The most fascinating piece we admired was Sri Lanka’s smallest Buddha statue. You can inspect the detail using a magnifying glass built into its tiny case.

A tiny Buddha statue kept inside a glass dome with a built in magnifying glass

From Gandaramaya we took a short walk to Seema Malaka – the temple on Beira Lake.

This is a much more tranquil place. Or so I thought until I had to do a dance across the bridge when I realised how hot it had become under the full glare of the August sun.

Close up of a weathered Buddha statue draped in a yellow robe

You don’t need long to explore Seema Malaka. It is much more as I imagined Buddhist temples to be – floating in a sea of calm, albeit in the centre of busy Columbo with a shopping mall across the road.

There has been a temple here much longer than the mall. One hundred and twenty years to be exact. Geoffrey Bawa, Sri Lanka’s most famous architect, built the current one in the 1970s.

Independence Square

Ten year old walking between the stone columns of the Pavilion in Independence Square in Colombo

Next up was a bit of national history and a visit to Independence Square. 

This opened in 1948 when Ceylon became independent from the British Empire. Next to it is a huge pavilion where we dove for shade. It’s modelled on the audience hall at Kandy, which we were to see towards the end of our trip. 

Columbo’s Lotus Tower

The kids were flagging at this stage so we decided to draw a line under our cultural sightseeing for the day and instead take a trip up the Lotus Tower.

This 350-metre tower opened in September 2022 and is the 11th tallest tower in Asia with an open air observation deck on the seventh floor, 244m up.

This was our biggest expense in Columbo at $20 per adult and $10 for children up to the age of 10-years-old, but you get a brilliant view of the city. There wasn’t much else open within the tower when we visited although there are lots of spaces for other entertainment and businesses to open. 

The tower looks fantastic when it is lit up at night.

Colombo's Lotus Tower lit up against the night sky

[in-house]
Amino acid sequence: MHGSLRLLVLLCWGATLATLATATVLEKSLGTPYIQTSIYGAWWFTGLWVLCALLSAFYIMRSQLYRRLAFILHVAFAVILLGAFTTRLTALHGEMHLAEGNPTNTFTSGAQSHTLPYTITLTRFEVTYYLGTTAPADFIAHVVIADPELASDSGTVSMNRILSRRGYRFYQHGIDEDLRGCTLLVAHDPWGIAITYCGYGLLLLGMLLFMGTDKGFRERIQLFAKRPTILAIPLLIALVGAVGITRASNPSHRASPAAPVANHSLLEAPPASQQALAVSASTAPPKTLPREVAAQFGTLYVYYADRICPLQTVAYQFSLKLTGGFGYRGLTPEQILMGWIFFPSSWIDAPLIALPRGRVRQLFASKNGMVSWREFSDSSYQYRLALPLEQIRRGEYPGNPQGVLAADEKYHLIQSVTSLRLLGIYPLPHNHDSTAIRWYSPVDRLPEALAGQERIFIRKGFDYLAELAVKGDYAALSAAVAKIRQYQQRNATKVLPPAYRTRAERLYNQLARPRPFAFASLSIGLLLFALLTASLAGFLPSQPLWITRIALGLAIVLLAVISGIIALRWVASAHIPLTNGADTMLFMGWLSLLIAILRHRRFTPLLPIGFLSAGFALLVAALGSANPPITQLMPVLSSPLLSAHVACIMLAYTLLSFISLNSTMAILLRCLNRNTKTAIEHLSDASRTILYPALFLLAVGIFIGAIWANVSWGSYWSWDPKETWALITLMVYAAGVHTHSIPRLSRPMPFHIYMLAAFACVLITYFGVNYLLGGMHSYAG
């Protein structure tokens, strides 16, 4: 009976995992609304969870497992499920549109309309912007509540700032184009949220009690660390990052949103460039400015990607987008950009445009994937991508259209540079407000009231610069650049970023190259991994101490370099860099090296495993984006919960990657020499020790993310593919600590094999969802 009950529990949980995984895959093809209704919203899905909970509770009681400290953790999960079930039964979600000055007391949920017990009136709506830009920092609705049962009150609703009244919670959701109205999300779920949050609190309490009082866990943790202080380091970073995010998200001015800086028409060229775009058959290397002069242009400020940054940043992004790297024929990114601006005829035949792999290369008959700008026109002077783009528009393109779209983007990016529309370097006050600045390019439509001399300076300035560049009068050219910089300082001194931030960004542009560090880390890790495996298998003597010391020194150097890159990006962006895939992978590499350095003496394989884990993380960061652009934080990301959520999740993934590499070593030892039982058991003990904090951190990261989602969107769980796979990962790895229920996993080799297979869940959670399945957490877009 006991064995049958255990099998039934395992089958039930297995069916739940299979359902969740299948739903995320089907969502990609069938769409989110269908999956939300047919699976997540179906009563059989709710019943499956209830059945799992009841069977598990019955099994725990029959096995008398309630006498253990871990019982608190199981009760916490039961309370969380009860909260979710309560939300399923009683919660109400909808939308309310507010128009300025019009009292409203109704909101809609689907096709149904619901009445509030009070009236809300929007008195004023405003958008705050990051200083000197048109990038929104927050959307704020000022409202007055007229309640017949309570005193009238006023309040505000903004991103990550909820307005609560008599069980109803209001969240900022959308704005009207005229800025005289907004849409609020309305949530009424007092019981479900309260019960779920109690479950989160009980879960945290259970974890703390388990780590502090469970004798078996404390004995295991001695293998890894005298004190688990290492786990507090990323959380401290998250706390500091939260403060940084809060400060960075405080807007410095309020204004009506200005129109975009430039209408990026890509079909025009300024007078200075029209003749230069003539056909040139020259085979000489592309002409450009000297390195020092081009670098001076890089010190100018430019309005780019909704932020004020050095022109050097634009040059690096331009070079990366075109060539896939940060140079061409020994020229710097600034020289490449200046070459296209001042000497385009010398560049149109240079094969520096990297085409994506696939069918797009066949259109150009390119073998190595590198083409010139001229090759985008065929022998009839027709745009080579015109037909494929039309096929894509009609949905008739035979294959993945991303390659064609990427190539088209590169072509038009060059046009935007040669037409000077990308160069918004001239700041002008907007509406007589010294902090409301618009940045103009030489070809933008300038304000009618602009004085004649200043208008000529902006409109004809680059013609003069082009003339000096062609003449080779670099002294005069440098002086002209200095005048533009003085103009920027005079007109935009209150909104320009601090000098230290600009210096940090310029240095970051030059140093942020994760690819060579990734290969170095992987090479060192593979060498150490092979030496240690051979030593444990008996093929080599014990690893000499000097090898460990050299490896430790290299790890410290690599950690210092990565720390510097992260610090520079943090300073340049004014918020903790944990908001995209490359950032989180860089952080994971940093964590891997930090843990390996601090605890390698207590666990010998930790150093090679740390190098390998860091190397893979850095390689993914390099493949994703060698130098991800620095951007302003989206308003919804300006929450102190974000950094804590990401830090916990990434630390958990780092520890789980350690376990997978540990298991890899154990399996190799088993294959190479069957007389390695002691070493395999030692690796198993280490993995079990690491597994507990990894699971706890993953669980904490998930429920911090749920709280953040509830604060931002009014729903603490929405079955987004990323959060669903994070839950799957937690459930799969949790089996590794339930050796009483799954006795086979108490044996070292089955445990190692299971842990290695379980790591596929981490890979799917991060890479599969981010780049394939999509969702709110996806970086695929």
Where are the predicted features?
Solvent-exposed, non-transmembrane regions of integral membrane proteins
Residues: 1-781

Where we stayed in Columbo

Zest Metropole* is in a great location in the Fort area of Colombo. It’s close to the seafront, the Lotus Tower and is right next to the 17th Century Dutch Hospital where colonists were once treated for malaria. It’s now home to bars and restaurants. 

Of course, close to bars also means ‘noisy on the weekends’ but it didn’t keep our girls awake. 

Eight year old relaxing on bed in Zest Metropole hotel room

Our rooms were modern, clean and had excellent free wifi. There were also views of the sea and Lotus Tower.

Days 3: travel to Sigirya 

The next morning we set off through Columbo’s melee of morning traffic for a four hour drive to our second base not far from the ancient palace of Sigiriya. 

Outside Columbo we got our first glimpse of Sri Lanka’s lush green landscape. We passed coconut palms, banana trees and white houses with terracotta tiled roofs.

After an hour we joined the road North to Kandy and then towards Sigirya. The towns along the way were bustling with people selling battery operated toys, fruit and Buddha statues on the side of the road. 

Families of four whizzed past us on single mopeds and I amused myself reading each tuk tuk’s bumper. ‘Wise is speed’ and ‘off road express’ were among the laminated messages.

Despite the promises, you don’t get anywhere fast on Sri Lanka’s roads. But there’s always something going on.

Not long before we reached our next base we spotted monkeys, which was quite a treat for our girls who haven’t seen them in the wild before.

And then an elephant crossed the road. Minds were blown. It was all a very surreal introduction to the incredible wildlife we were to see during this part of our Sri Lanka itinerary.

Day 4: Sigirya and Dambulla

I’d originally planned just two nights stay near the UNESCO World Heritage Site of Sigiriya, but realised the area was worth at least three if we are to continue on our mission to not push the kids too hard. 

Even so, we were up at 5am on day four so we could climb Sigiriya rock.

Sigiriya – Sri Lanka’s Lion Rock

Family pose with Sigiriya rock in background

Sigiriya is a fascinating place both from a geological and historical point of view. It stands proud in the jungle landscape because it is the magma plug of a volcano that eroded away more than two million years ago.

Closer to modern times – a mere 1,600 years ago – the Sinhalese King Kashyapa decided to turn the rock into a palace complex complete with a crocodile-filled moat, swimming pools and fearsome fortifications.

Giant Lion's paws either side of brick steps at the entrance of the Sigiriya rock palace complex
Black Hornet hives can be seen clinging to the side of Sigiriya rock
The rock’s scariest defenders today are hornets that nest on the cliffs and pose a real risk to visitors if they are disturbed by too much noise.

Not long after building his new capital King Kashyapa lost power to his brother and committed suicide. Buddhist Monks took over the rock and it later fell into disuse.

You can read more about the rock’s history and see some of its vibrant frescos that remain today on the National Geographic website

Covered frescos on side of Sigiriya with view of the jungle below
It’s not possible to take pictures of the frescos but you can climb a spiral staircase for a look behind these covers. The monks who moved to the rock after it was abandoned couldn’t reach this ledge so the slightly risqué artwork survived.

Practicalities of visiting Sigiriya